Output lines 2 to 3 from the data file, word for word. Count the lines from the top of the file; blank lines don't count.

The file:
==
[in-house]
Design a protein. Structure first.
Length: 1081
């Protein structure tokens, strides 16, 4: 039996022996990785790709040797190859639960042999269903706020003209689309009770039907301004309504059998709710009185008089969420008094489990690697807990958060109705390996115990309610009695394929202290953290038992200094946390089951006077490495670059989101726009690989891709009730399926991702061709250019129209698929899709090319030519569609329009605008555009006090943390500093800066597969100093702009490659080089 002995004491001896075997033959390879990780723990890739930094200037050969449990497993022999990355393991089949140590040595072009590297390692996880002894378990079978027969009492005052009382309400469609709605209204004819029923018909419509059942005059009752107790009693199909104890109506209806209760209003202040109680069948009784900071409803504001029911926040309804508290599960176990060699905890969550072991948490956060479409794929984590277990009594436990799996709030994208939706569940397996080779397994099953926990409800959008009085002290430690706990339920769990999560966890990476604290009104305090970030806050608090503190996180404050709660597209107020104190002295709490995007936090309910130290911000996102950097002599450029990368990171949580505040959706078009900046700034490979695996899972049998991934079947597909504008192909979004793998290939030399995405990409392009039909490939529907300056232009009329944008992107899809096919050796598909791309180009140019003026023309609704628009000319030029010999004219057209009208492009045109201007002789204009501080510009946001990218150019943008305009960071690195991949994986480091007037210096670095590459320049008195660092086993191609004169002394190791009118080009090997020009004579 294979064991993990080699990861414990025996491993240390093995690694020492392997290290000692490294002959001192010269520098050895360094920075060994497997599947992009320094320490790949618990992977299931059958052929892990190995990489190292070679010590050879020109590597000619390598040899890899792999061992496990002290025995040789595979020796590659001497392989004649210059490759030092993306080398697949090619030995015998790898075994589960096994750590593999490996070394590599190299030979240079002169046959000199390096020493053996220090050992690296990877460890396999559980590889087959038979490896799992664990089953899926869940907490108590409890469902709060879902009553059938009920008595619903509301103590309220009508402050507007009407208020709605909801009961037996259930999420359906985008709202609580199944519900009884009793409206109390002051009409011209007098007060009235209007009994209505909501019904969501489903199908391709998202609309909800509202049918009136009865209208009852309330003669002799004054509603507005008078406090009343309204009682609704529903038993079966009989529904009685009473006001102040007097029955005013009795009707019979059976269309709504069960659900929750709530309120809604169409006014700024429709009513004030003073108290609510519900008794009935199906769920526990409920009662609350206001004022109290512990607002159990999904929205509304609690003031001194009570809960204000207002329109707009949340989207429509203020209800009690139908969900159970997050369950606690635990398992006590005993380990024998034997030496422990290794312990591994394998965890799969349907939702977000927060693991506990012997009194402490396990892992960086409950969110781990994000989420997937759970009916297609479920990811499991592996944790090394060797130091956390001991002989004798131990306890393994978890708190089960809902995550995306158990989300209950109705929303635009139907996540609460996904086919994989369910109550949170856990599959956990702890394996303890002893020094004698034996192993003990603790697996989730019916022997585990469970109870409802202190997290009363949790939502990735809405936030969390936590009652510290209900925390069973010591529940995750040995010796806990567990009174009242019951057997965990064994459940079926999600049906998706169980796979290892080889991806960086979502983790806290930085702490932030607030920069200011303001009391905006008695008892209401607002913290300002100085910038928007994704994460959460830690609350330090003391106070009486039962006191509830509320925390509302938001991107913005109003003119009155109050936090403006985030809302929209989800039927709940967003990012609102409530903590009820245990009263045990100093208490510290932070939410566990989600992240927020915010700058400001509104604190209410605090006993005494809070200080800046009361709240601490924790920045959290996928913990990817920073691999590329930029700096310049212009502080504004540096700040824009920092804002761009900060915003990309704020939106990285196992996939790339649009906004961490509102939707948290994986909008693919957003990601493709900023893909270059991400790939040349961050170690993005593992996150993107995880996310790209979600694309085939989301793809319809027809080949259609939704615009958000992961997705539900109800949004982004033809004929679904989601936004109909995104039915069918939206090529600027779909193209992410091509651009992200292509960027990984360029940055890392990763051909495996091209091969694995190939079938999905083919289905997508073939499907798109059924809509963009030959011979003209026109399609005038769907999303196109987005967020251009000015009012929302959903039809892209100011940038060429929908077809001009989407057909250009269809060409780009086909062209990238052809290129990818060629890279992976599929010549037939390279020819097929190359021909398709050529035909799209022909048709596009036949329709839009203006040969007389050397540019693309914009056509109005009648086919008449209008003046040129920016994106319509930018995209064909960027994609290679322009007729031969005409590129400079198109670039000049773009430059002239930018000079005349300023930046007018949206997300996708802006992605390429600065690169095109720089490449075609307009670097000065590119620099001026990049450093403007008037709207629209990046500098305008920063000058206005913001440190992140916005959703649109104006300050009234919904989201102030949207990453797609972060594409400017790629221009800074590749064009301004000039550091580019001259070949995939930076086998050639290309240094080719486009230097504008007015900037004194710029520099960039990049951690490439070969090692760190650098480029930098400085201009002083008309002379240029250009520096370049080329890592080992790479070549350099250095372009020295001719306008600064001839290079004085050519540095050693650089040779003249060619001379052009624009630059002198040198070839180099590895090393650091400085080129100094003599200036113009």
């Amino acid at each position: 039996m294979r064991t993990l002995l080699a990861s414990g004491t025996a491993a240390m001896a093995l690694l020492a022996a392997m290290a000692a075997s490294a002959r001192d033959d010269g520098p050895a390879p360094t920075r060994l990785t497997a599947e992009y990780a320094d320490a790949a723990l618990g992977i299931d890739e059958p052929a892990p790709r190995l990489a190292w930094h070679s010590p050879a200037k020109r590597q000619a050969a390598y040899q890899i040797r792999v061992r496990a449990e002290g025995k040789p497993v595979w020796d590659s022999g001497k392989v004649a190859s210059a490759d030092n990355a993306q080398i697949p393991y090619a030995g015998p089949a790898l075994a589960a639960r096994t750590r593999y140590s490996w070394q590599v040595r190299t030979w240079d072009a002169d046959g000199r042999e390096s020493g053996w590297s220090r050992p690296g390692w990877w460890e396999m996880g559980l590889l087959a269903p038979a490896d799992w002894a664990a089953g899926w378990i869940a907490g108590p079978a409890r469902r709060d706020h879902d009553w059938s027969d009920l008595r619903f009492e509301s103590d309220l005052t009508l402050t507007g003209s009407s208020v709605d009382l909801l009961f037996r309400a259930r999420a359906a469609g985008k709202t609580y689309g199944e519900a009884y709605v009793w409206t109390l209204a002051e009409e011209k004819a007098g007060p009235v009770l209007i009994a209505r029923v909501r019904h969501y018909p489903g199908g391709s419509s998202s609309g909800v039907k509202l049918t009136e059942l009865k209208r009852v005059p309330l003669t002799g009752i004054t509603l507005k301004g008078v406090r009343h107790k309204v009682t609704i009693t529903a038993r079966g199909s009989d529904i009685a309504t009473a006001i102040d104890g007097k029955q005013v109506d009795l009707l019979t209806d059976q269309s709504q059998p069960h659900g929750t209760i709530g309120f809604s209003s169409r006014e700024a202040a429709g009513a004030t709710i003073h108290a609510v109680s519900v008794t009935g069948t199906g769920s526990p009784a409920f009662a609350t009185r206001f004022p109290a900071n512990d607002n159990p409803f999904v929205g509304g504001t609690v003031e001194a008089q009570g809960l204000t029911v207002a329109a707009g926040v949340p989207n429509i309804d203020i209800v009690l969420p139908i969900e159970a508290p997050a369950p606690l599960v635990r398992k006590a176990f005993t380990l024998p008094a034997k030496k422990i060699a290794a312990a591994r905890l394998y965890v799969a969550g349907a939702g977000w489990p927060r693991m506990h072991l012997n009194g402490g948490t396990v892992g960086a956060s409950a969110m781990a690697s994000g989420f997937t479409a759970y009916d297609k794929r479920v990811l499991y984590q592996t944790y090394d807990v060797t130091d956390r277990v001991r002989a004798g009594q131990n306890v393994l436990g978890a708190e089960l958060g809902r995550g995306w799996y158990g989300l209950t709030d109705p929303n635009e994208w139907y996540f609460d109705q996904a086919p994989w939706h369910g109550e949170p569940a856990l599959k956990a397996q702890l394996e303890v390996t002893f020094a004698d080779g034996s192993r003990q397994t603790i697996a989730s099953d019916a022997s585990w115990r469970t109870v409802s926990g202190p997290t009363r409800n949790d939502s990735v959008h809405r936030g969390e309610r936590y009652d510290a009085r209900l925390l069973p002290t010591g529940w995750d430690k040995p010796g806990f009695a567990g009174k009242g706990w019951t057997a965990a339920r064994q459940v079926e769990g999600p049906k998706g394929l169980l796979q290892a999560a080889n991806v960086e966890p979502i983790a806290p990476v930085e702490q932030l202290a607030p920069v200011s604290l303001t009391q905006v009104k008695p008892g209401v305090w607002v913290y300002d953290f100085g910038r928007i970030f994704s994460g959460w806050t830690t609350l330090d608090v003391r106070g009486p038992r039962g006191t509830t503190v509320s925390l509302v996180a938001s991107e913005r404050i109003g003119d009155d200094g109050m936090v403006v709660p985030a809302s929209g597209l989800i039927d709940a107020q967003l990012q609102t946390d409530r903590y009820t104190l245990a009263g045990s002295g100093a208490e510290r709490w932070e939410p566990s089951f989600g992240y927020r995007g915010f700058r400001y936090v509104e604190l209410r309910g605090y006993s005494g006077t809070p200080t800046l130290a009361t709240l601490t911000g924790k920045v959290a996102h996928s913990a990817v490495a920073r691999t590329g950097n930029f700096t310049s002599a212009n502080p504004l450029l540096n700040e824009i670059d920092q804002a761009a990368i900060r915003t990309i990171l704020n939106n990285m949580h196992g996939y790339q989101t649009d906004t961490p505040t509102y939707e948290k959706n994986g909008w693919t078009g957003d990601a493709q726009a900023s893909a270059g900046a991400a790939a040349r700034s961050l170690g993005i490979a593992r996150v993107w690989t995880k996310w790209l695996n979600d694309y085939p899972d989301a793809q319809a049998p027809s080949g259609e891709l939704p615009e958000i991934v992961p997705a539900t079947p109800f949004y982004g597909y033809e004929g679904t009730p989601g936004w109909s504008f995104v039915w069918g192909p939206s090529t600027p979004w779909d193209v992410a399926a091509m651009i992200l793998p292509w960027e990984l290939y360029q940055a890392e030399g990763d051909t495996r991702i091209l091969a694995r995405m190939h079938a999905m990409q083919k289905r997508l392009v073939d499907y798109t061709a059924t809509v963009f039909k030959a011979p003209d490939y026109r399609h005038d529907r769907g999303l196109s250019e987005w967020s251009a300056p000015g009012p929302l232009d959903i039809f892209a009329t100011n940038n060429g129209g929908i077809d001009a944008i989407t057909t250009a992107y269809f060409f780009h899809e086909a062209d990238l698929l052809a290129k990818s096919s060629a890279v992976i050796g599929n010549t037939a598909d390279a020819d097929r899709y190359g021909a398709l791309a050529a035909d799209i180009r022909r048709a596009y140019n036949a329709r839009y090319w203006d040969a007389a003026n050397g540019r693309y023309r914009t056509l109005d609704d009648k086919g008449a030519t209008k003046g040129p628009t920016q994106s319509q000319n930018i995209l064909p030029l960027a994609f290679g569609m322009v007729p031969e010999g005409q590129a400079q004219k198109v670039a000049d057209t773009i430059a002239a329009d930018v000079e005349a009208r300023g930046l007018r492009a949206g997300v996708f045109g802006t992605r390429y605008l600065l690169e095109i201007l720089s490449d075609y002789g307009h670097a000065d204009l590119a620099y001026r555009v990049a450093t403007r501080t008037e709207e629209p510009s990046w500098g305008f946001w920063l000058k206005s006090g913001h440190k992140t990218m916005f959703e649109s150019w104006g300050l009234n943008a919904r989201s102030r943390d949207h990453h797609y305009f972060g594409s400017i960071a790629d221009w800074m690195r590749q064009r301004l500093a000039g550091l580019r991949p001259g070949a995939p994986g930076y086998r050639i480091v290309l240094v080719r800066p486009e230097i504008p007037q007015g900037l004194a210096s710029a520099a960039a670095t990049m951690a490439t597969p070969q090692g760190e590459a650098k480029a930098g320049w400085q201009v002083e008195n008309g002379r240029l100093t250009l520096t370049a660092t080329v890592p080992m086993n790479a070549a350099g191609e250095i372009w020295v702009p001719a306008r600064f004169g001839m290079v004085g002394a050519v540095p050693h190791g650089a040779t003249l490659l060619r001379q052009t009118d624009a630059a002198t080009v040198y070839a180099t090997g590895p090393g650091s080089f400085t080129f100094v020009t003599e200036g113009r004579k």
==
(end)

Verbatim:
Design a protein. Structure first.
Length: 1081